The US government’s policy of abusive force-feeding at Guantánamo Bay is causing “agony” to prisoners, a federal judge said last night.
Ruling on the case of Abu Wa’el Dhiab – a Syrian cleared for release in 2009, and one of several hunger-striking prisoners currently asking the DC District Court to order a halt to the practice – Judge Gladys Kessler urged the authorities to find a compromise that would spare him “the agony of having the feeding tubes inserted and removed for each feeding” and “the pain and discomfort of the restraint chair.”
Last night’s order follows a landmark ruling earlier this week, in which Judge Kessler ordered the government to disclose 43 tapes of Dhiab’s force-feeding and ‘forcible cell extractions’ (FCE), in which a team of armed guards storms a prisoner’s cell to ‘subdue’ him. She had also issued an order stating that, until the hearing on Wednesday, Mr Dhiab was not to be subjected to FCE, nor force-fed.
Yesterday Judge Kessler declined to extend the temporary restraining order in Mr Dhiab’s case because of the risk that he would die, saying:
“The Court is now faced with an anguishing Hobson’s choice: reissue another Temporary Restraining Order (“TRO”) despite the very real probability that Mr. Dhiab will die, because he has indicated a continuing desire to refuse to eat and/or drink liquids, or refuse to issue the TRO and allow the medical personnel on the scene to take the medical actions to keep Mr Dhiab alive, but at the possible cost of great pain and suffering.”
The judge added: “Thanks to the intransigence of the Department of Defense, Mr Dhiab may well suffer unnecessary pain from certain enteral feeding practices and forcible cell extractions. However, the Court simply cannot let Mr Dhiab die.”
She also indicated that today (May 23), she will issue an order for the “speedy exchange of discovery” of his force-feeding tapes and other important evidence, “in order to ensure that any suffering by Mr. Dhiab is not prolonged”.
Because Judge Kessler has denied Mr. Dhiab’s request to extend the restraining order, he will continue to be subjected to force-feeding while the case is underway. The wider issue of whether force-feeding at Guantánamo is illegal will be determined at a later hearing, once the tapes and other key evidence have been reviewed.
During a phone call yesterday afternoon with his attorneys at legal charity Reprieve, Mr Dhiab said he would be willing to be subjected to artificial nutrition if it were done humanely, at the prison’s hospital or with minimal painful intubation, as was the case during the first mass hunger strike at the prison in 2005 and 2006.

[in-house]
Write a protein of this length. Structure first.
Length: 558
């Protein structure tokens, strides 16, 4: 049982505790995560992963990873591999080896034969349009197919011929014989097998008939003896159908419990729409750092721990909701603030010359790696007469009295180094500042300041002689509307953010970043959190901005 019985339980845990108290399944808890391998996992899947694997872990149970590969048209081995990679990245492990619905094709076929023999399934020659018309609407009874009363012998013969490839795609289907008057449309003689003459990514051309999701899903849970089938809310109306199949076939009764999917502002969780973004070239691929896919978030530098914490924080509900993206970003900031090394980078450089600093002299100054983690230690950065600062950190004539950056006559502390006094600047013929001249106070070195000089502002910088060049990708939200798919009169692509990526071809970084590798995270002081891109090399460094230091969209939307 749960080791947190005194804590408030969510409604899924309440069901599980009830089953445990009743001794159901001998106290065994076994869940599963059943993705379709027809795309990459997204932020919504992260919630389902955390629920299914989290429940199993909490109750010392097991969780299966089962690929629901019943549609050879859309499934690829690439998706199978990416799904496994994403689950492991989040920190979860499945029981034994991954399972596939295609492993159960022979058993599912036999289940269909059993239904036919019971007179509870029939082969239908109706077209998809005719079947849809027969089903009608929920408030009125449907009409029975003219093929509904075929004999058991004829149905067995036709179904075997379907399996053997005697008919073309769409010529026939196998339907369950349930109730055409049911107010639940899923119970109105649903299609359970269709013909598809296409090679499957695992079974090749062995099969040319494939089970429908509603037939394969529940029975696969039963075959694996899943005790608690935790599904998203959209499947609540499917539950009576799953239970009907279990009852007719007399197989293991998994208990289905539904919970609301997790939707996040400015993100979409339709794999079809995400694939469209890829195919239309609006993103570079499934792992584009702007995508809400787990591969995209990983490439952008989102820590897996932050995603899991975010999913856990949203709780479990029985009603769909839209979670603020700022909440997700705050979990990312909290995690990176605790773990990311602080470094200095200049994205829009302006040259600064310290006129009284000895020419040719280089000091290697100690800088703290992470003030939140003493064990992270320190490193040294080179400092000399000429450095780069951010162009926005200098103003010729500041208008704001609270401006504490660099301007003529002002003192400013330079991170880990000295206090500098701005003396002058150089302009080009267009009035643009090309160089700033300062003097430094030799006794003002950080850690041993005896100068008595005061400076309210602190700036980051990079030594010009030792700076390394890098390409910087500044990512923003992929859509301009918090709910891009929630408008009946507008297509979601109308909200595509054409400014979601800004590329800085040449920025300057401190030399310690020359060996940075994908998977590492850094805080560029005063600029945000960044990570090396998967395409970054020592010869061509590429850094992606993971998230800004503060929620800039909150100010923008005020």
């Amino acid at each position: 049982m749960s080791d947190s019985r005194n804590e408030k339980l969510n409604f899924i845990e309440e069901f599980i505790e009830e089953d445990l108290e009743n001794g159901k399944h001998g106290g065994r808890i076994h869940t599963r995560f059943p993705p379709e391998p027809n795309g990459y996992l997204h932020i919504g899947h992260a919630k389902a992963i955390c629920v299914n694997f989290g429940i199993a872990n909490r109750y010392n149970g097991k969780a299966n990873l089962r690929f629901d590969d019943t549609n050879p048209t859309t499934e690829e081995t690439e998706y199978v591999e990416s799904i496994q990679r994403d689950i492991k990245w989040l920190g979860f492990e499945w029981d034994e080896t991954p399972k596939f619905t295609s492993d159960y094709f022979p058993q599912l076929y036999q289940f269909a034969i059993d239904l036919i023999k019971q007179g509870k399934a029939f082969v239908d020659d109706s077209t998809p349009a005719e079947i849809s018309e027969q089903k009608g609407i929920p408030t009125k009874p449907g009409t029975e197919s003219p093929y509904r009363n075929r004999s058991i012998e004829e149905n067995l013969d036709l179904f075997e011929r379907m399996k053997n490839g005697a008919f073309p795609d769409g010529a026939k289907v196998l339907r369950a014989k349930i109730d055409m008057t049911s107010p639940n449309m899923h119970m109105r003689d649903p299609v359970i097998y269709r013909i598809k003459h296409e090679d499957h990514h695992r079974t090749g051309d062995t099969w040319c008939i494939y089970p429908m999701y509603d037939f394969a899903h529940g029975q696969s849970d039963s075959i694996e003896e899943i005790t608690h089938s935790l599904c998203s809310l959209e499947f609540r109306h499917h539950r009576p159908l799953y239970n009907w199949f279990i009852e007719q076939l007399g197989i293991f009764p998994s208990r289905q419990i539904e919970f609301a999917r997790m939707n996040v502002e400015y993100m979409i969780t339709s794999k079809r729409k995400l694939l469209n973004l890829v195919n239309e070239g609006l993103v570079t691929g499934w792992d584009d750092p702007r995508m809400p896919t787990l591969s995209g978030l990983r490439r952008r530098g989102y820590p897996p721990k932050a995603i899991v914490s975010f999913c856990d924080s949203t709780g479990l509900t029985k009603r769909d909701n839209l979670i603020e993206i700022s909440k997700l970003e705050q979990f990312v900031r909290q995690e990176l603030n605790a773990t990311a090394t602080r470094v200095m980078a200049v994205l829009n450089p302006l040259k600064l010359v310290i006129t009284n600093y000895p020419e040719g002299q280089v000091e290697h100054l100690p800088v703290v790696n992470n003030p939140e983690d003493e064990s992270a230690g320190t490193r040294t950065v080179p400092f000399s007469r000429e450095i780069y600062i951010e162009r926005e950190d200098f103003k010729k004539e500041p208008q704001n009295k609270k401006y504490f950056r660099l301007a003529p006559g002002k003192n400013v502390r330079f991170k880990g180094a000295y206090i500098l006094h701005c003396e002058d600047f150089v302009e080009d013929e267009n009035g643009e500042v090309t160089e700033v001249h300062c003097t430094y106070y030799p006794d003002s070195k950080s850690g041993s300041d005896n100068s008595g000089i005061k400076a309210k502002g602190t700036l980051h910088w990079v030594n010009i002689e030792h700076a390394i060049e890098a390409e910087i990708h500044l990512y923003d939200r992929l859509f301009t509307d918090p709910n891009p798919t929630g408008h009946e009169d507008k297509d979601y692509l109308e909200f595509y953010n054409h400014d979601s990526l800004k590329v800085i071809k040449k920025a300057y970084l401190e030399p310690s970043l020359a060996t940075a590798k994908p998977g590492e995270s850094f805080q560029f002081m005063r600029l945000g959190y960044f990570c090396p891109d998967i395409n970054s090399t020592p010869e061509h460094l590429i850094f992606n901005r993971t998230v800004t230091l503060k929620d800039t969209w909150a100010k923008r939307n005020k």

In an additional filing Thursday, another prisoner on hunger strike, Ahmad Rabbani, revealed how an improperly-inserted feeding tube had caused chest pains and led him to “vomit blood on himself three or four times” until he lost consciousness. Despite this, he was immediately led to the feeding chair by the FCE team.
On 23 May 2013, President Obama criticised the treatment of detainees on hunger strike at Guantánamo, saying:
“Look at the current situation, where we are force-feeding detainees who are holding a hunger strike [. . .] Is that who we are? Is that something that our founders foresaw? Is that the America we want to leave to our children? Our sense of justice is stronger than that.”
Cori Crider, Strategic Director at Reprieve and one of Mr. Dhiab’s attorneys, said: “The government’s refusal to make a basic commitment to treat Mr. Dhiab with decency tells you all you need to know about what is really going on at Gitmo. And where is the White House in all this? It’s been a year since the President Obama said force-feeding detainees was not ‘who we are’ and pledged a fresh push to close the prison. Well, is he, the commander-in-chief of the people, abusing Mr. Dhiab, or is he not? He could put my cleared client on a plane today if he had the will to do it.”
Jon B. Eisenberg, attorney for Mr Dhiab, said: “I am stunned that the Department of Defense refused to agree to the reasonable compromise Mr. Dhiab proposed, but the real responsibility lies at the door of President Obama, who utters lofty words but fails to stop the terrible things that are happening at Guantanamo Bay on his watch. Mr. Dhiab is about to suffer some awful abuse, but I have faith in his capacity to endure it.”
Not everyone can pay for the news. But if you can, we need your support.
Truthout is widely read among people with lower incomes and among young people who are mired in debt. Our site is read at public libraries, among people without internet access of their own. People print out our articles and send them to family members in prison — we receive letters from behind bars regularly thanking us for our coverage. Our stories are emailed and shared around communities, sparking grassroots mobilization.
We’re committed to keeping all Truthout articles free and available to the public. But in order to do that, we need those who can afford to contribute to our work to do so.
We’ll never require you to give, but we can ask you from the bottom of our hearts: Will you donate what you can, so we can continue providing journalism in the service of justice and truth?